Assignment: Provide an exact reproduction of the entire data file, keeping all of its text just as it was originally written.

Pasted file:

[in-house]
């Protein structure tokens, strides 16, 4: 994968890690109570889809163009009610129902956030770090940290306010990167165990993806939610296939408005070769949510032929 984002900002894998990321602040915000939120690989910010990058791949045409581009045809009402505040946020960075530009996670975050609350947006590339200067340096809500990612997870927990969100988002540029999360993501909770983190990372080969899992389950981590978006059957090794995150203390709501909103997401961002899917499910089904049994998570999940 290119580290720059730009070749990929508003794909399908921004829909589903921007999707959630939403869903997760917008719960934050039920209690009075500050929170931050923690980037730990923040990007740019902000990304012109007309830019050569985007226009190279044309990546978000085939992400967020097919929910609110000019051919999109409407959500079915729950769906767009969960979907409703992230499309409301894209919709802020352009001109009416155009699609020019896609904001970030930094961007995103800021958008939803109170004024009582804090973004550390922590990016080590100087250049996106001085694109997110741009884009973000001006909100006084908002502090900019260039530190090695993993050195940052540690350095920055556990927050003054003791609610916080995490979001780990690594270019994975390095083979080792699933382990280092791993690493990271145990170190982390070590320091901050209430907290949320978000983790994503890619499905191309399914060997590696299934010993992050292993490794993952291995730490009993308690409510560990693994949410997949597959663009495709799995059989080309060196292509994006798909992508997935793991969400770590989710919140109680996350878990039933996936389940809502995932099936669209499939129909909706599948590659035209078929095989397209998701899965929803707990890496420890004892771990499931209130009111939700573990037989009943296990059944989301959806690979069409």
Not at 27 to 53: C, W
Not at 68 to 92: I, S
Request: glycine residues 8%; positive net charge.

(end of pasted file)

[in-house]
């Protein structure tokens, strides 16, 4: 994968890690109570889809163009009610129902956030770090940290306010990167165990993806939610296939408005070769949510032929 984002900002894998990321602040915000939120690989910010990058791949045409581009045809009402505040946020960075530009996670975050609350947006590339200067340096809500990612997870927990969100988002540029999360993501909770983190990372080969899992389950981590978006059957090794995150203390709501909103997401961002899917499910089904049994998570999940 290119580290720059730009070749990929508003794909399908921004829909589903921007999707959630939403869903997760917008719960934050039920209690009075500050929170931050923690980037730990923040990007740019902000990304012109007309830019050569985007226009190279044309990546978000085939992400967020097919929910609110000019051919999109409407959500079915729950769906767009969960979907409703992230499309409301894209919709802020352009001109009416155009699609020019896609904001970030930094961007995103800021958008939803109170004024009582804090973004550390922590990016080590100087250049996106001085694109997110741009884009973000001006909100006084908002502090900019260039530190090695993993050195940052540690350095920055556990927050003054003791609610916080995490979001780990690594270019994975390095083979080792699933382990280092791993690493990271145990170190982390070590320091901050209430907290949320978000983790994503890619499905191309399914060997590696299934010993992050292993490794993952291995730490009993308690409510560990693994949410997949597959663009495709799995059989080309060196292509994006798909992508997935793991969400770590989710919140109680996350878990039933996936389940809502995932099936669209499939129909909706599948590659035209078929095989397209998701899965929803707990890496420890004892771990499931209130009111939700573990037989009943296990059944989301959806690979069409």
Not at 27 to 53: C, W
Not at 68 to 92: I, S
Request: glycine residues 8%; positive net charge.